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NEWS Last modified on December 16, 2014

Independent inquiry into UK air traffic control failure

The UK Civil Aviation Authority (CAA) and National Air Traffic Services (NATS) have launched an independent inquiry following the disruption caused by the failure in air traffic management systems on Friday afternoon.

The CAA will, in consultation with NATS, appoint an independent chair of the panel which will consist of NATS technical experts, a board member from the CAA and independent experts on information technology, air traffic management and operational resilience.
Skies above London were in disarray after a computer error at the control centre in Swanwick, Hampshire, on Friday, and NATS says the glitch had restricted air traffic controllers' ability to deal with high volumes of aircraft.
The full terms of reference will be published following consultation with interested parties including airlines and consumer groups but it is expected that the review will cover a number of issues.
These include the root causes of the incident on Friday; NATS’ handling of that incident to minimise disruption without compromising safety; and whether the lessons identified in the review of the disruption in December 2013 have been fully embedded and were effective in this most recent incident.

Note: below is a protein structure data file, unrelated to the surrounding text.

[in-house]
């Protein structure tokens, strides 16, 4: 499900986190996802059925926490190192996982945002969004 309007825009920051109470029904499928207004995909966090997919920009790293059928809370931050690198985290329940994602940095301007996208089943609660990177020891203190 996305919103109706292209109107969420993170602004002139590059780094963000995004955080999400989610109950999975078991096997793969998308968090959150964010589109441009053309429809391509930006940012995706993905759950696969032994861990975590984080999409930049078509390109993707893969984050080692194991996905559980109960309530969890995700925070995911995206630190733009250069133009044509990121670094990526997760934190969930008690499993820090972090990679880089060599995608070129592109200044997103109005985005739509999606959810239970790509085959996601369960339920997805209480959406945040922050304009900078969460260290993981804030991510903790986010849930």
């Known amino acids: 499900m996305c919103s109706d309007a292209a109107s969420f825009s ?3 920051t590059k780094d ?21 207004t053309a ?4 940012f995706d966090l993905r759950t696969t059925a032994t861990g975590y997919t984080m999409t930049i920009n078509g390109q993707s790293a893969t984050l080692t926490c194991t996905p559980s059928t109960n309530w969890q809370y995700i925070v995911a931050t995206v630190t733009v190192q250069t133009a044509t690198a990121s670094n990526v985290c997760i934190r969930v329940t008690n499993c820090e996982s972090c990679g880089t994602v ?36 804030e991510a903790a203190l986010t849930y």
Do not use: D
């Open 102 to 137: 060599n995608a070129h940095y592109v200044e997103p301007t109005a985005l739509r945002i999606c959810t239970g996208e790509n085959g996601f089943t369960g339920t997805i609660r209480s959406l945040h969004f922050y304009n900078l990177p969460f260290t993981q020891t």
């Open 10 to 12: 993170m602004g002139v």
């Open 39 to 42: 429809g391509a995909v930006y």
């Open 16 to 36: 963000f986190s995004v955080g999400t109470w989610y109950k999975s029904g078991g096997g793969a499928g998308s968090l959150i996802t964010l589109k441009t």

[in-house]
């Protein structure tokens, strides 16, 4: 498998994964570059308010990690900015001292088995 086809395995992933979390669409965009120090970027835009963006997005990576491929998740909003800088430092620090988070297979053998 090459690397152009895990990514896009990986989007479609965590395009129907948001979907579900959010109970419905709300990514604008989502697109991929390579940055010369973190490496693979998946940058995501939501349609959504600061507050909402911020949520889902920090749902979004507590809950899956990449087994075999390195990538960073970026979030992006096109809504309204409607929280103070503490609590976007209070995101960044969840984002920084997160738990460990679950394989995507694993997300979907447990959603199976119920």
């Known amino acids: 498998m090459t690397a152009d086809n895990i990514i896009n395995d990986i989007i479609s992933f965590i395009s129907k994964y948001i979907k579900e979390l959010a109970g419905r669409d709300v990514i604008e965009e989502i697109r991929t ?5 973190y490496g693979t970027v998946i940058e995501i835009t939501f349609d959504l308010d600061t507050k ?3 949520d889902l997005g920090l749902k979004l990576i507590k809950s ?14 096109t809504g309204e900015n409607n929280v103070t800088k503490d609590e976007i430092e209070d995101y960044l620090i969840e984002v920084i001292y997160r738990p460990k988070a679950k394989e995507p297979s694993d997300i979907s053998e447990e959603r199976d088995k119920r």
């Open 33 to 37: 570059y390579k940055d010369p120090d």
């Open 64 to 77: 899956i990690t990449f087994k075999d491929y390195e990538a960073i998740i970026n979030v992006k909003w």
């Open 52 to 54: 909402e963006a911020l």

And a review of the levels of resilience and service that should be expected across the air traffic network taking into account relevant international benchmarks; and further measures to avoid technology or process failures in this critical national infrastructure and reduce the impact of any unavoidable disruption
The computer failure caused huge problems at airports around the country on Friday - including delays at Heathrow and Gatwick, where departing flights were grounded for a time, while UK airports reported knock-on effects.
A statement from NATS, said on Friday: "Swanwick controller workstations provide a number of tools and services to the controller to enable them to safely control a high volume of air traffic.
"In normal operations the number of workstations in use versus in standby fluctuates with the demands of the traffic being controlled.

"In this instance a transition between the two states caused a failure in the system which has not been seen before. The failure meant that the controllers were unable to access all of the data regarding individual flight plans which significantly increases their workload.

"Our priority is to maintain a safe operation for the flying public; consequently when the failure occurred we immediately took steps to reduce the traffic into and out of the UK network.

"The controllers had a full radar picture and full communications with all aircraft at all times during the incident and at no time was safety compromised in any way."

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